Chief security officers may provide physical security, but there are also chief security officers who protect information for businesses and governments. These chief security officers need a bachelor's degree in computing or business, and relevant experience in IT. Voluntary certifications are also an option that may appeal to employers.
While chief security officers may provide physical protection or emergency management planning at a company, digital security has become a common concern for today's businesses. In a world of rapidly-developing technology, chief security officers protect sensitive digital information. These professionals typically need a bachelor's degree at minimum, along with prior IT work experience.
|Required Education||Bachelor's degree|
|Other Requirements||Work experience and voluntary certification|
|Projected Job Growth (2014-2024)*||15% for all computer and information systems managers|
|Median Salary (2015)*||$131,600 for all computer and information systems managers|
Source: U.S. Bureau of Labor Statistics*
There are different kinds of chief security officers. Some focus on the physical security of a company, school or other organization's facilities and employees. Others are responsible for digital and information security. In large corporations, chief security officers may provide both physical and information security. However, given the increasingly digital nature of society - from business to education to healthcare - the most prevalent type of chief security officer is the information security type, who is responsible for protecting company and employee information against unauthorized access. Equivalent titles for this position include chief information officer and chief technology officer.
As a company executive, a chief security officer may also be the public spokesperson for all information security-related company issues. Generally, executives in this position need to prepare and present technical information to people with varying backgrounds. To strengthen security initiatives, the chief security officer creates and maintains good channels of communication and support across various departments. This person may also create digital security management programs and prioritize security initiatives and issues.
One must stay updated about current trends in data management and security threats to design effective data security systems. A chief security officer might also perform tasks related to risk assessment, crisis management, personnel safety and facility security.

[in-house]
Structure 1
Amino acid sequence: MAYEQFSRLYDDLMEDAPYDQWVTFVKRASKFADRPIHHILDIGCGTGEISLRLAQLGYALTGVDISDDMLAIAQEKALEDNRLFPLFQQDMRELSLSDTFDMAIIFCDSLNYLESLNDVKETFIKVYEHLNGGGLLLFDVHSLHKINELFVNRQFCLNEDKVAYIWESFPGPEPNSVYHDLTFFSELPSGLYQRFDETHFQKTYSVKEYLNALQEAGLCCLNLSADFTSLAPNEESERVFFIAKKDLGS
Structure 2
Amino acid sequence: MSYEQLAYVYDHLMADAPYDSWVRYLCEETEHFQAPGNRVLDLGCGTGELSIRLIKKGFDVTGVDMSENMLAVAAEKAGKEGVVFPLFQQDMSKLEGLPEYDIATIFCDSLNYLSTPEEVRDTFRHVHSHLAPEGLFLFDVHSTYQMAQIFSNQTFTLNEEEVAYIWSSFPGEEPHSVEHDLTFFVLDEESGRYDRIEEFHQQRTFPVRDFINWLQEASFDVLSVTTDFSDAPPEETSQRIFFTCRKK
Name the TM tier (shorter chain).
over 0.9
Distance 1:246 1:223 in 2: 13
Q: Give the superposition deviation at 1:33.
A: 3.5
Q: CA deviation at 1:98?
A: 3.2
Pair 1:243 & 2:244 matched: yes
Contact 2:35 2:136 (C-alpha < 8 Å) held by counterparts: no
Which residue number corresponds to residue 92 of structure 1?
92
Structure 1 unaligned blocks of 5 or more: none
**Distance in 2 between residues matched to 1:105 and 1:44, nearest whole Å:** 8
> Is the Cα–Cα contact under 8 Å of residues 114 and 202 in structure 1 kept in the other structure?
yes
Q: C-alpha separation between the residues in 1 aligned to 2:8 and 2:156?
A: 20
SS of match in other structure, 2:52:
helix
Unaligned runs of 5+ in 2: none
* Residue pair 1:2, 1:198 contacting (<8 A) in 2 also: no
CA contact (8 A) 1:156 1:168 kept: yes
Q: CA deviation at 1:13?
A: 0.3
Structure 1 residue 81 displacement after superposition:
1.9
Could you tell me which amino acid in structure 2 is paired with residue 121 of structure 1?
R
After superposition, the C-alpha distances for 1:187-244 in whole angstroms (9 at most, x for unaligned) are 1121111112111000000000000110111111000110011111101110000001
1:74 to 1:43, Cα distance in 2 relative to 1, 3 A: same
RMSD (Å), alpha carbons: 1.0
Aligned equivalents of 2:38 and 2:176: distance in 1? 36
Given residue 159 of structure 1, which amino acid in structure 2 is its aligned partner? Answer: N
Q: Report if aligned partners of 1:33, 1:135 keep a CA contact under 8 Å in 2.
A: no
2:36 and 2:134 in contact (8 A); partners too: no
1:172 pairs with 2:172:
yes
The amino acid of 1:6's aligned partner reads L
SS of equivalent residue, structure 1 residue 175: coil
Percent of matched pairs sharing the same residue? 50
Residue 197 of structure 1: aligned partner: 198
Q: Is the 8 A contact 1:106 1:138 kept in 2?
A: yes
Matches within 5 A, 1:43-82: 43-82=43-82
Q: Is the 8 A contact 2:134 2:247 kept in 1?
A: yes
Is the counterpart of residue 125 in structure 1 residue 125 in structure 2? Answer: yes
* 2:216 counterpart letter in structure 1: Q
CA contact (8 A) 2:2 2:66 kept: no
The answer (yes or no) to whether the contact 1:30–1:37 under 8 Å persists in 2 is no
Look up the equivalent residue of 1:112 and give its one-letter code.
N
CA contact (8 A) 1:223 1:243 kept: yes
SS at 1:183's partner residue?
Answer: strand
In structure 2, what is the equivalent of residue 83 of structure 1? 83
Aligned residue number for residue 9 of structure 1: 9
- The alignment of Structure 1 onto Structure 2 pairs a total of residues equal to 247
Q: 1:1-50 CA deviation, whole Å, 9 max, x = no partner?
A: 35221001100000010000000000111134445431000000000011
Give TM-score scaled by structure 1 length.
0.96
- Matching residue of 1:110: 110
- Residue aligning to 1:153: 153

These workers may also create a security policy education program for employees. Other tasks involve designing data security that is ideal for a particular industry such as a media company or a particular type of data such as employee health insurance records.
A chief security officer needs at least a bachelor's degree in a related field such as business or computing. Often, candidates with master's degrees are preferred. As with many executive jobs, multiple years of leadership experience are required. This position typically requires experience managing multiple large teams and designing IT security solutions. Some positions may require a lengthy general background in IT.
Specific certifications in IT security or particular technological programs may also be necessary. Chief security officers providing physical security might need a background in law enforcement or criminal justice.
In general, a chief security officer should have excellent communication, persuasion and public-speaking skills. He or she will need to build relationships quickly and should possess a quick analytical mind and a decisive nature.
Salary and Job Outlook
According to the U.S. Bureau of Labor Statistics (BLS), computer and information systems managers, including chief security officers, earned a median annual salary of $131,600 as of May 2015. The BLS projects that jobs in this occupational field will increase 15% from 2014 to 2024.
Chief security officers play a crucial role in protecting a business or organization's information from being accessed by those without clearance. They create security systems to protect data, and may also teach employees about their employer's security policies. A degree in computing or business is required to prepare for a career as a chief security officer.